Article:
PLOT: An unseen narrator explains that an exhibition of seven related paintings from the fictional artist Fredéric Tonnerre caused a scandal in the 19th century and were removed from public view. We are then introduced to the Collector, who owns six of the seven paintings—one of them has been stolen, he explains, leaving the story told through the artwork incomplete. Using live actors to recreate the canvases, the Collector walks through the paintings and constructs a bizarre interpretation of their esoteric meaning.
Raoul Ruiz is credited with more than 100 films in a career that lasted from 1964 until his death in 2011.
Ruiz was originally hired by a French television channel to produce a documentary on writer/painter Pierre Klossowski. The project morphed into this fictional story that adapts themes and plots from several of Klossowski’s works, especially “La Judith de Frédéric Tonnerre” and “Baphomet.”
Many of the figurants in the tableaux vivants were writers and staff from the influential journal “Cahiers du Cinema.” Future film star Jean Reno, in his first screen appearance, is also among those posing.
INDELIBLE IMAGE: Obviously, one of the tableaux vivants—the three dimensional recreations of Tonnerre’s paintings featuring motionless, silent actors. From Diana and the hunt to Knights Templar playing chess, these are (perhaps) inexplicable scenes which, the narrator explains, “play[s] carefully on our curiosity as spectators who arrived too late.” The strangest of all is the tableau of a young man stripped to the waist with a noose around his neck, surrounded by men, one holding a cross, others in turbans and brandishing daggers, and three of whom are conspicuously pointing at objects within the scene. Hanging above them is a suspended mask.
THREE WEIRD THINGS: The hanged youth; whispering narrator; Knights Templar of Baphomet
WHAT MAKES IT WEIRD: Performed with art house restraint in an impishly surreal spirit, this labyrinthine, postmodern meditation on art criticism plays like a Peter Greenaway movie done in the style of Last Year at Marienbad, adapted from a lost Jorge Luis Borges story.
NARRATED BY: Colin Cantlie, Hilarie Thompson, Martin Burrows, Sheila Canfield, Adam Leys
PLOT: Some years after a “Violent Unknown Event,” the biographies of its survivors whose surnames begin with the letters “F-A-L-L” are filmed and released as one edition in an intended series of documentaries cataloging all those afflicted. The documentary presents ninety-two survivors’ stories, describing their lives in brief and detailing including the (invariably) bizarre symptoms each has suffered from since the Event. The scope of the endeavor and the unreliability of the source material results in the repeated derailment of the flow of information.
Peter Greenaway assembled The Falls over a five-year period from found footage and snippets filmed for other, mostly aborted, projects.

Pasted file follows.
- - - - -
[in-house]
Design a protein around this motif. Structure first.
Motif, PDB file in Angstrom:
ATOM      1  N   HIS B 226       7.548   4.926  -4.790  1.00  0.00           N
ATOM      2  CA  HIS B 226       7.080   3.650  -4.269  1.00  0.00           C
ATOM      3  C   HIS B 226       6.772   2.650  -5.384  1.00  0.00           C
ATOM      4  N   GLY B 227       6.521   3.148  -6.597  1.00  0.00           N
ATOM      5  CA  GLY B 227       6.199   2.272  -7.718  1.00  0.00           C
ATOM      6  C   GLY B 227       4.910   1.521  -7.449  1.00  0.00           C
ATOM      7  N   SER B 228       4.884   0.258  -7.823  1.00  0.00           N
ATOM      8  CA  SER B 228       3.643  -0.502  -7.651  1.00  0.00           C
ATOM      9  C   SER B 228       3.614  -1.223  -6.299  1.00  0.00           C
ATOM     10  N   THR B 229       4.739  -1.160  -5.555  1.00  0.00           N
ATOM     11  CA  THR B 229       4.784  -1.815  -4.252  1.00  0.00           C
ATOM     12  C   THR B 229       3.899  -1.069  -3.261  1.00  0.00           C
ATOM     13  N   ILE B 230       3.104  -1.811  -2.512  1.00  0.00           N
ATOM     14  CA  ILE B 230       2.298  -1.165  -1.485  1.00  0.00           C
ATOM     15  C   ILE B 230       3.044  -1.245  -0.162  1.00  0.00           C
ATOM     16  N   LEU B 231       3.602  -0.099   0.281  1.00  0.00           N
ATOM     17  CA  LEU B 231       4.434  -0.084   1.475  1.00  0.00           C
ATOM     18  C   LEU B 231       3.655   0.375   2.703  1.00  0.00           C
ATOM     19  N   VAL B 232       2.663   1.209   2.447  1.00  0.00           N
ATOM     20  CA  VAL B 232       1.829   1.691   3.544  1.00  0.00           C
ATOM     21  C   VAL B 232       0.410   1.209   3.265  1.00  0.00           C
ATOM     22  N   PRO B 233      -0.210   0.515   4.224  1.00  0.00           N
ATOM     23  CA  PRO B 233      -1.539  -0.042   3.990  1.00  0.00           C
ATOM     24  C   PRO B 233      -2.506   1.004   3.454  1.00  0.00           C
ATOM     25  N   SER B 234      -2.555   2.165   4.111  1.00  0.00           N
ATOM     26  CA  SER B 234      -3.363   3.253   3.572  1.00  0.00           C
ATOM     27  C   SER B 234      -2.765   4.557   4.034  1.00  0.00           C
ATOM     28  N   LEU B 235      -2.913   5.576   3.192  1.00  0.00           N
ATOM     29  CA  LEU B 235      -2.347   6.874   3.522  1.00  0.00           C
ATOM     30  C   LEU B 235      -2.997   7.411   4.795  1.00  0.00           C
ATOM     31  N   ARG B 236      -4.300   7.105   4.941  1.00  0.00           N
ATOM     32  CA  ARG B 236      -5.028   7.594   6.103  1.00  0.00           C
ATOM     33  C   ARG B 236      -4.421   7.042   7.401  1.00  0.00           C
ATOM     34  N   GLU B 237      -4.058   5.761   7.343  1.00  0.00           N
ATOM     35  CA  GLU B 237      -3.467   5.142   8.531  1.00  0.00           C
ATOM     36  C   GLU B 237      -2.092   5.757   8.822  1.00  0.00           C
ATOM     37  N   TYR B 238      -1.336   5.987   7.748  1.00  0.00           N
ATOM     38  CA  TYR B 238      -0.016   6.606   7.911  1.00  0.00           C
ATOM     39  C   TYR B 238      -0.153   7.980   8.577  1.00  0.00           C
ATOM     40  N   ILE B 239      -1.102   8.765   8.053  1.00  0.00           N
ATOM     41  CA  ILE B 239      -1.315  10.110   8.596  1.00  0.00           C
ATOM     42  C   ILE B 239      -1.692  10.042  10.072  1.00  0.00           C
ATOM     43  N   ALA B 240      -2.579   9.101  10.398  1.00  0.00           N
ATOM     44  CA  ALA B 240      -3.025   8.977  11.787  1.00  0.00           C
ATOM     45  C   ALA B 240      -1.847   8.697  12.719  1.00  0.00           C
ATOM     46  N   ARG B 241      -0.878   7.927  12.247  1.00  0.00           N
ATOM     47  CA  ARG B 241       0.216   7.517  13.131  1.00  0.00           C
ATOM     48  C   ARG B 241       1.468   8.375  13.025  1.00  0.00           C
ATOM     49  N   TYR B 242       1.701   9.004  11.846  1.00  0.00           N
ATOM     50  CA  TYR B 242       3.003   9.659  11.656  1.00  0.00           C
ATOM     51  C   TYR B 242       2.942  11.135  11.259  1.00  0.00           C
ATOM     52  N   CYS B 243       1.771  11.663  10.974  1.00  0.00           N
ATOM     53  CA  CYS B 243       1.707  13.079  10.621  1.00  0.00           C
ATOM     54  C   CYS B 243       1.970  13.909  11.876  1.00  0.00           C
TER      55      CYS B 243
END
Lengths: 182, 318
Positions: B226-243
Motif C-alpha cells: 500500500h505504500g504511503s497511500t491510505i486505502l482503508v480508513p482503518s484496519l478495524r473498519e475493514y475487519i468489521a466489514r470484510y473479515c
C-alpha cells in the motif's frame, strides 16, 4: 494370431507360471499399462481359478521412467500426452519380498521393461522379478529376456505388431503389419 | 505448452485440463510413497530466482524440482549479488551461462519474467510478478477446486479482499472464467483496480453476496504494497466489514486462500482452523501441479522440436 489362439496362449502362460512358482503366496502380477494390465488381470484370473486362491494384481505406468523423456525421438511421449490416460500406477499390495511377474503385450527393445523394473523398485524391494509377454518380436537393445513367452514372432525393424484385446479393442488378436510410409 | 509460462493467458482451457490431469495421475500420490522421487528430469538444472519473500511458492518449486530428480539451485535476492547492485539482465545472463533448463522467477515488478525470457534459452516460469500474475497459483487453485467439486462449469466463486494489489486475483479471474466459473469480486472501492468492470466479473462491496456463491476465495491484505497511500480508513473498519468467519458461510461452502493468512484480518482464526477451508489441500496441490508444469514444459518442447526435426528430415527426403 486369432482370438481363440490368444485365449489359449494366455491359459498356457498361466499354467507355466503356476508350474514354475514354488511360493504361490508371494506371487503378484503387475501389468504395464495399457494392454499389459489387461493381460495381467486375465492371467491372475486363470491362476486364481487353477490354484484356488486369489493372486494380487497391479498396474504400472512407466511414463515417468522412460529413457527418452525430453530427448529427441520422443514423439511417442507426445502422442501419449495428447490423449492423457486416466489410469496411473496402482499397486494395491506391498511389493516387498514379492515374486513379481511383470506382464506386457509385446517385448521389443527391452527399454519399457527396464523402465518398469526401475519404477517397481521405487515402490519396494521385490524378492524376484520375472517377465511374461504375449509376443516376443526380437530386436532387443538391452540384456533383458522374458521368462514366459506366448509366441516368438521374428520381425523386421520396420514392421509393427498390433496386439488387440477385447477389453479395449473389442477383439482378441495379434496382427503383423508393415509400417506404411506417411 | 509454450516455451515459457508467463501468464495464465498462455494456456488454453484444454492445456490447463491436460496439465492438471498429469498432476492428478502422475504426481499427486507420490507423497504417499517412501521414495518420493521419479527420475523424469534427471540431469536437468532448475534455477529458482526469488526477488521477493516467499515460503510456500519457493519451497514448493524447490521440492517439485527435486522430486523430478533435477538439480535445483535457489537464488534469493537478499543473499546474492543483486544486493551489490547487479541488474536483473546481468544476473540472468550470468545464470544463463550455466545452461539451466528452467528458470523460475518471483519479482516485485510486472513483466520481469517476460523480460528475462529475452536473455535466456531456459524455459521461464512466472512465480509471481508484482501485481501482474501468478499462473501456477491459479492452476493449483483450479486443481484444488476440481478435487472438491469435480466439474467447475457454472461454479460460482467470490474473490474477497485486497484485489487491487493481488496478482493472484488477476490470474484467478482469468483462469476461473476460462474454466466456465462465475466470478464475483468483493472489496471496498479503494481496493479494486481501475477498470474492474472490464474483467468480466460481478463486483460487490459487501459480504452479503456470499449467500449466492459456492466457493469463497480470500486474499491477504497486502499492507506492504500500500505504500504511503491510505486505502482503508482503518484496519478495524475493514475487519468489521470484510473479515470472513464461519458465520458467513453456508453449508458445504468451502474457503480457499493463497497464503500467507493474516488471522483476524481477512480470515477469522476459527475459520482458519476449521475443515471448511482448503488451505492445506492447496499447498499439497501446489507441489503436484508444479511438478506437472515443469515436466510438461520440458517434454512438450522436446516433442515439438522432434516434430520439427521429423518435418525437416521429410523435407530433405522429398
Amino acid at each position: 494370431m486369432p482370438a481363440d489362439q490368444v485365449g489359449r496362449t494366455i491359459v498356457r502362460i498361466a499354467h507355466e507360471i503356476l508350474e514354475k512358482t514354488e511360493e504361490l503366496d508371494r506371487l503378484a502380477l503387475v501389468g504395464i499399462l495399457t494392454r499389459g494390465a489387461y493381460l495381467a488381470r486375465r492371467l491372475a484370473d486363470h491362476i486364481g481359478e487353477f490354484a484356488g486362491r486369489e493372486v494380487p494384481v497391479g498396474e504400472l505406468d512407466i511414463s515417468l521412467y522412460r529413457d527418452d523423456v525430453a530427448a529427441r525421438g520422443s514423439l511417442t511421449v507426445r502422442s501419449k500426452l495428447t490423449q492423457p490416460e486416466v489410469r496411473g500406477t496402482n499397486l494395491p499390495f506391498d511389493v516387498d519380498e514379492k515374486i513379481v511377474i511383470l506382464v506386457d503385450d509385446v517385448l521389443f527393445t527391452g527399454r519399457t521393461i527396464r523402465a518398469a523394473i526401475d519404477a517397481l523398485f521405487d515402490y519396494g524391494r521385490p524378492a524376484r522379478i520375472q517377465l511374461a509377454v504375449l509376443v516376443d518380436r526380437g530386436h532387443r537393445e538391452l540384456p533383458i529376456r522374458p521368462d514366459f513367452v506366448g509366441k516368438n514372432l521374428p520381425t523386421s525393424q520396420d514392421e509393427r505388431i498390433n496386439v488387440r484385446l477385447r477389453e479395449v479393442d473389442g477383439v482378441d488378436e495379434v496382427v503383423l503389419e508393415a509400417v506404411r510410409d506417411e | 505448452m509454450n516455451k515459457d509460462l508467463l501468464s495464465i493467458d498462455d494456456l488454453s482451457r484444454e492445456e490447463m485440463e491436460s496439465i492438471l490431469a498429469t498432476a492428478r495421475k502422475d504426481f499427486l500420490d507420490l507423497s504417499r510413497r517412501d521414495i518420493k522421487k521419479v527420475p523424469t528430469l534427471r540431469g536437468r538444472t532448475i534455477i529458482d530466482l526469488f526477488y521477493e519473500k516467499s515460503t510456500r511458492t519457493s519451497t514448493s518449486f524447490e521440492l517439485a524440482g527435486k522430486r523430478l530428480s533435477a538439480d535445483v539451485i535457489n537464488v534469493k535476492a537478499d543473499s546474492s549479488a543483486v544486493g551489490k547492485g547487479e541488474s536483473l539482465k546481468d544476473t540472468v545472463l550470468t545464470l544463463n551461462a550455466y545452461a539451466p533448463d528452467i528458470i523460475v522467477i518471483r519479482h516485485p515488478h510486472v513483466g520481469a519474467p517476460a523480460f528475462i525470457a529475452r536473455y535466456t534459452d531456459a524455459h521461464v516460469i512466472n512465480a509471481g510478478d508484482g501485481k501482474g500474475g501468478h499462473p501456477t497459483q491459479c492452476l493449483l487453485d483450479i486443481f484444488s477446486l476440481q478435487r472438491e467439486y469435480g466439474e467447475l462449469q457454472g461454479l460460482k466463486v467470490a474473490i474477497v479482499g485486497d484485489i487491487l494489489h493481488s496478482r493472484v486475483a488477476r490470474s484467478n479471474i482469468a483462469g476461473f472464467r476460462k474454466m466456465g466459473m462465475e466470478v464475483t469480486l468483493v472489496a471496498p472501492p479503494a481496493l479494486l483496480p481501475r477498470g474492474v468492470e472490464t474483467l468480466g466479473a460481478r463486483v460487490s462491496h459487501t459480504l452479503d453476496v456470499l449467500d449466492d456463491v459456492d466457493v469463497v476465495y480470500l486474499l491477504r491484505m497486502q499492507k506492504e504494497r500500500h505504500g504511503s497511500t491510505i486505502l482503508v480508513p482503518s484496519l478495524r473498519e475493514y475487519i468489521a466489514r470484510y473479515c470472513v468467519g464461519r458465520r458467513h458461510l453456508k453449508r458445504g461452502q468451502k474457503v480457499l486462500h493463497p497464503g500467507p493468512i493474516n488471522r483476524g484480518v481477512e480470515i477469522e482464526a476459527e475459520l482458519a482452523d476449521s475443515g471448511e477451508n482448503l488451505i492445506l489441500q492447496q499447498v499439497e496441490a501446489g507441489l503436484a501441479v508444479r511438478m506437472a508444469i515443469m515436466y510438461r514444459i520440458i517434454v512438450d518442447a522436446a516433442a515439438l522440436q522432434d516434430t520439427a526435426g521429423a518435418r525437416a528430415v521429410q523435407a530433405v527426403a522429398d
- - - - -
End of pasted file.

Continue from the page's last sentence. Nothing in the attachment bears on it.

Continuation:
Various references to the fictional “Tulse Luper” pertain, indirectly, to Peter Greenaway himself: Luper is Greenaway’s self-made alter-ego.
Composer Michael Nyman provided the score for The Falls, marking his second (after the short Vertical Falls Remake) of eleven collaborations with Greenaway. They fell out over the director’s tampering with the composer’s Prospero’s Books recordings.
At three hours and fifteen minutes in length, Greenaway never intended the viewer to watch the film in one sitting. Many have done so nonetheless.
While The Falls was compiled for a number of reasons, one of its goals was to expand upon what Greenaway considered an unsatisfactory ending for Alfred Hitchcock‘s The Birds.
An early biography features, in photographic form, the twin Quay brothers, who at that time had not yet established themselves as masters of stop-motion animation.
INDELIBLE IMAGE: Oh boy. In a three-plus hour Greenaway opus consisting of hundreds of shots, stills, interviews, and intertitles, this is tougher than usual. Still, I’m leaning toward a striking image that has stuck in my mind even months after watching The Falls. One of the victims of the V.U.E. sings forcefully at the camera to a tune familiar to those who’ve heard Michael Nyman re-working it for the bulk of his career. Among the ninety-two vignettes, she provides perhaps the most disorienting moment, with her staccato operatic performance and brazenly inscrutable expression, illuminated as if she were in a Rembrandt painting.
THREE WEIRD THINGS: Avian flu; Dreamers of Water, Categories 1 to 3; Sympathetic Tinnitus and other syndromes
WHAT MAKES IT WEIRD: Peter Greenaway cranks up his love of lists as high as the medium of film can reasonably take him in his first feature. Posing as a documentary assembled by a governmental information bureau, the list of ninety-two “V.U.E.” victims acts both as a long series of (sometimes very short) short stories and as an insanely thought-through running gag. It turns the notion of documentary on its head, undermining the authoritative voiceover and ostensibly pertinent footage (photos, interviews, documents, etc.) through the sheer volume of absurdity, whimsy, and subversive wordplay.
“I’d always imagined that this would play at a midnight movie, kind of a cult movie and that this needed special handling. It needed to be directed at the same audiences that were going to see, for example, Lynch’s Eraserhead.”–John Paizs